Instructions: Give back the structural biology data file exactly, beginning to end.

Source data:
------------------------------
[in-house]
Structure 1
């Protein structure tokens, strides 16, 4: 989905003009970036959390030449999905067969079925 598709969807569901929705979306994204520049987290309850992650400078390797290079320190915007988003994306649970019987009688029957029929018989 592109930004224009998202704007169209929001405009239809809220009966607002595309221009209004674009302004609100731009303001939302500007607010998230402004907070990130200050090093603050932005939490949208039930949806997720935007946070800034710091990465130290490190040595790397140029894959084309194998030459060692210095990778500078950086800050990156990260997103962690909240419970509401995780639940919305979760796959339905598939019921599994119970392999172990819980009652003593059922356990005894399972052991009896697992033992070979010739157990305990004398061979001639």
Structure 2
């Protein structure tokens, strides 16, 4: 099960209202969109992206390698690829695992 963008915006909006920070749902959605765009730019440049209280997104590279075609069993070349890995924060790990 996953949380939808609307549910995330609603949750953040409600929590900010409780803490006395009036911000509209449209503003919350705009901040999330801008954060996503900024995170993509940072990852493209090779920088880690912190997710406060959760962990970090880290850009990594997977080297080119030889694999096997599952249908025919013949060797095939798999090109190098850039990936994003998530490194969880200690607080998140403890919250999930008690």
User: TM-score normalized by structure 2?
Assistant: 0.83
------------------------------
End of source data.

[in-house]
Structure 1
């Protein structure tokens, strides 16, 4: 989905003009970036959390030449999905067969079925 598709969807569901929705979306994204520049987290309850992650400078390797290079320190915007988003994306649970019987009688029957029929018989 592109930004224009998202704007169209929001405009239809809220009966607002595309221009209004674009302004609100731009303001939302500007607010998230402004907070990130200050090093603050932005939490949208039930949806997720935007946070800034710091990465130290490190040595790397140029894959084309194998030459060692210095990778500078950086800050990156990260997103962690909240419970509401995780639940919305979760796959339905598939019921599994119970392999172990819980009652003593059922356990005894399972052991009896697992033992070979010739157990305990004398061979001639």
Structure 2
């Protein structure tokens, strides 16, 4: 099960209202969109992206390698690829695992 963008915006909006920070749902959605765009730019440049209280997104590279075609069993070349890995924060790990 996953949380939808609307549910995330609603949750953040409600929590900010409780803490006395009036911000509209449209503003919350705009901040999330801008954060996503900024995170993509940072990852493209090779920088880690912190997710406060959760962990970090880290850009990594997977080297080119030889694999096997599952249908025919013949060797095939798999090109190098850039990936994003998530490194969880200690607080998140403890919250999930008690």
User: TM-score normalized by structure 2?
Assistant: 0.83